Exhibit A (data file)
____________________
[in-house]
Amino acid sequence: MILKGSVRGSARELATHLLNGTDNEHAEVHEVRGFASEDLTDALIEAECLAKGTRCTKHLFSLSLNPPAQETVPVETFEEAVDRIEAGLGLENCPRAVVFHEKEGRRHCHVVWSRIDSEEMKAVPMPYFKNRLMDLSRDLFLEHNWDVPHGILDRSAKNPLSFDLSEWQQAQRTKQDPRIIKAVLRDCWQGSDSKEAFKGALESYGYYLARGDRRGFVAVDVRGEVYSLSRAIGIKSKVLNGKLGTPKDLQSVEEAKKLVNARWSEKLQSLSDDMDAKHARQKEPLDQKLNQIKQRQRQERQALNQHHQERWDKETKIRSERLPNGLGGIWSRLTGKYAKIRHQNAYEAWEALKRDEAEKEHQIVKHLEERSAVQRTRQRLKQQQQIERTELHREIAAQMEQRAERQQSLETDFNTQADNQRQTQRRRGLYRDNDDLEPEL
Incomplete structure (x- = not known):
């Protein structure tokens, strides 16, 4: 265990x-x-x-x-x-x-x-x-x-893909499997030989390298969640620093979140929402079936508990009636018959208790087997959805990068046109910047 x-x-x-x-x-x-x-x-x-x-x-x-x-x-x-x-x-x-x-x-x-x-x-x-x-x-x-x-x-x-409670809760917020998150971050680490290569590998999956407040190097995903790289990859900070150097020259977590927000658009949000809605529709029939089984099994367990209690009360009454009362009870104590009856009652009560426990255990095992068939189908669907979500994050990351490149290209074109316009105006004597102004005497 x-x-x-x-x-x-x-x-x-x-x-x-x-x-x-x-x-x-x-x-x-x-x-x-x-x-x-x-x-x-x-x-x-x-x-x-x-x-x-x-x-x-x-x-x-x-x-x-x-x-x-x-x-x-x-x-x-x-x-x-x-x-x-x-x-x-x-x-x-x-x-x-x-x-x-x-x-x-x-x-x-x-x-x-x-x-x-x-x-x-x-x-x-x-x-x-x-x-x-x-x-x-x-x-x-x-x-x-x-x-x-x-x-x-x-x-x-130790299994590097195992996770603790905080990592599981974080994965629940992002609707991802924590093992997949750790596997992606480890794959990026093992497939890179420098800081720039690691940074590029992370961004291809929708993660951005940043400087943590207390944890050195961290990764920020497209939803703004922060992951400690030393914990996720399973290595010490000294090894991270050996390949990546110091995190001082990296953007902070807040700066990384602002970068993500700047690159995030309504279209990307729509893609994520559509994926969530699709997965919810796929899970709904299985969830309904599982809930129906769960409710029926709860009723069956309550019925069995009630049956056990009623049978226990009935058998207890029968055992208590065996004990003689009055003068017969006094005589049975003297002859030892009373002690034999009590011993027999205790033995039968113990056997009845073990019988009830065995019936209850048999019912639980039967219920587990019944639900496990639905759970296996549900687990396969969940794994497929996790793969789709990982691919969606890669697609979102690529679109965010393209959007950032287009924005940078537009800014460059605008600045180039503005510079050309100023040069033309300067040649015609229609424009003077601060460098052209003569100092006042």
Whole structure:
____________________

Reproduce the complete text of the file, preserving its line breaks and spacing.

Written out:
[in-house]
Amino acid sequence: MILKGSVRGSARELATHLLNGTDNEHAEVHEVRGFASEDLTDALIEAECLAKGTRCTKHLFSLSLNPPAQETVPVETFEEAVDRIEAGLGLENCPRAVVFHEKEGRRHCHVVWSRIDSEEMKAVPMPYFKNRLMDLSRDLFLEHNWDVPHGILDRSAKNPLSFDLSEWQQAQRTKQDPRIIKAVLRDCWQGSDSKEAFKGALESYGYYLARGDRRGFVAVDVRGEVYSLSRAIGIKSKVLNGKLGTPKDLQSVEEAKKLVNARWSEKLQSLSDDMDAKHARQKEPLDQKLNQIKQRQRQERQALNQHHQERWDKETKIRSERLPNGLGGIWSRLTGKYAKIRHQNAYEAWEALKRDEAEKEHQIVKHLEERSAVQRTRQRLKQQQQIERTELHREIAAQMEQRAERQQSLETDFNTQADNQRQTQRRRGLYRDNDDLEPEL
Incomplete structure (x- = not known):
């Protein structure tokens, strides 16, 4: 265990x-x-x-x-x-x-x-x-x-893909499997030989390298969640620093979140929402079936508990009636018959208790087997959805990068046109910047 x-x-x-x-x-x-x-x-x-x-x-x-x-x-x-x-x-x-x-x-x-x-x-x-x-x-x-x-x-x-409670809760917020998150971050680490290569590998999956407040190097995903790289990859900070150097020259977590927000658009949000809605529709029939089984099994367990209690009360009454009362009870104590009856009652009560426990255990095992068939189908669907979500994050990351490149290209074109316009105006004597102004005497 x-x-x-x-x-x-x-x-x-x-x-x-x-x-x-x-x-x-x-x-x-x-x-x-x-x-x-x-x-x-x-x-x-x-x-x-x-x-x-x-x-x-x-x-x-x-x-x-x-x-x-x-x-x-x-x-x-x-x-x-x-x-x-x-x-x-x-x-x-x-x-x-x-x-x-x-x-x-x-x-x-x-x-x-x-x-x-x-x-x-x-x-x-x-x-x-x-x-x-x-x-x-x-x-x-x-x-x-x-x-x-x-x-x-x-x-x-130790299994590097195992996770603790905080990592599981974080994965629940992002609707991802924590093992997949750790596997992606480890794959990026093992497939890179420098800081720039690691940074590029992370961004291809929708993660951005940043400087943590207390944890050195961290990764920020497209939803703004922060992951400690030393914990996720399973290595010490000294090894991270050996390949990546110091995190001082990296953007902070807040700066990384602002970068993500700047690159995030309504279209990307729509893609994520559509994926969530699709997965919810796929899970709904299985969830309904599982809930129906769960409710029926709860009723069956309550019925069995009630049956056990009623049978226990009935058998207890029968055992208590065996004990003689009055003068017969006094005589049975003297002859030892009373002690034999009590011993027999205790033995039968113990056997009845073990019988009830065995019936209850048999019912639980039967219920587990019944639900496990639905759970296996549900687990396969969940794994497929996790793969789709990982691919969606890669697609979102690529679109965010393209959007950032287009924005940078537009800014460059605008600045180039503005510079050309100023040069033309300067040649015609229609424009003077601060460098052209003569100092006042």
Whole structure: